The rise and rise of East Africa’s creative economy

“African imaginations are worth investing in” is the rallying cry of Teesa Bahana, Director of 32° East Ugandan Arts Trust, as she campaigns for funds for her new Ugandan arts centre. She’s not alone in thinking so – Sotheby’s’ recent African contemporary art auction saw record-breaking sales from artists from Nigeria, Ethiopia, Cameroon and Senegal, according to  Quartz. What’s more, in a celebration of local cultural heritage, African collectors made up 70 per cent of those sales. 

There’s a sound business case to be made for backing the East African arts scene. The added value of a productive creative economy is well-documented – be it on tourism, technology, or social mobility. Albeit a few years out of datean Ernst & Young  2015 study indicated that cultural industries in Africa and in the Middle East are worth US$58 billion in revenue, contributing 1.1 per cent to regional GDP and employing 2.4 million people. Despite the setbacks of the Covid pandemic, those figures are likely to be on the increase – a British Council report‘Scoping the Creative Economy in East Africa’ cites “new digitally enabled business models which converge different sectors and practices through the development of new creative content, services or experiences, are flying out of countries at a rate few would have predicted just a few years ago.”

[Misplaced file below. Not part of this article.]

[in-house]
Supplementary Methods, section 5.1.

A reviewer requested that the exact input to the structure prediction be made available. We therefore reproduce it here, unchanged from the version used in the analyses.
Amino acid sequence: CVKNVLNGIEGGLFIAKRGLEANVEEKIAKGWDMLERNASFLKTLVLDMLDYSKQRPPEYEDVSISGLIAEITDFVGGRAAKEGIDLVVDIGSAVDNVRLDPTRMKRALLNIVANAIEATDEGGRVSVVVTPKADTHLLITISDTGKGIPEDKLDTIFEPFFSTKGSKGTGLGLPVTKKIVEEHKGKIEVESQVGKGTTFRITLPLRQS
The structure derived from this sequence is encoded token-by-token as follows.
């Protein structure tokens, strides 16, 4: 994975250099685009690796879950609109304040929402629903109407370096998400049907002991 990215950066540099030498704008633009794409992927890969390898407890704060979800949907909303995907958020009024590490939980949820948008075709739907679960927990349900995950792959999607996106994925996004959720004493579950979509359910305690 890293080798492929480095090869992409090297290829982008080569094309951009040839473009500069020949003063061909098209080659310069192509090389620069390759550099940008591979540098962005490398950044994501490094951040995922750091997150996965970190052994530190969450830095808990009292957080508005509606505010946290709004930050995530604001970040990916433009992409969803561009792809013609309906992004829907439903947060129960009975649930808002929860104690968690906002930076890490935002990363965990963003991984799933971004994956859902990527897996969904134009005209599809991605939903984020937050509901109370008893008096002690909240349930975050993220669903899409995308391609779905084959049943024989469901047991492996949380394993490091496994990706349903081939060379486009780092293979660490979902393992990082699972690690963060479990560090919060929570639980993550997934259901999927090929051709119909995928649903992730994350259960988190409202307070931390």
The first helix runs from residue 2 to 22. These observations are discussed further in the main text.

An increasingly enabling policy, investment and regulatory environment is also helping East Africa’s creative sector. Despite well-documented tax policies on social and digital services, the bigger picture is positive. The British Council’s East Africa Arts Programme providesongoing grant, skills training and funding opportunities for art projects, while dedicated funds like Heva provide finance and business support for creative industries.  One such benefactor is talented Kenyan entrepreneur Bryan Ngatia, whose collective of Kenyan creatives – Too Early for Birds – tell Kenyan stories through art and film. He commends his British Council Cultural Heritage Seed Fund grant for providing the ability to offer his cast and crew healthy contracts and stable working conditions that set a precedence in the sector, enabling a whole community of theatre practitioners who won’t settle for exploitative agreements going forward. He adds, “The icing on the cake was that HEVA’s involvement went beyond financial support. We got business and structural guidance that shaped us better for survival in the future. “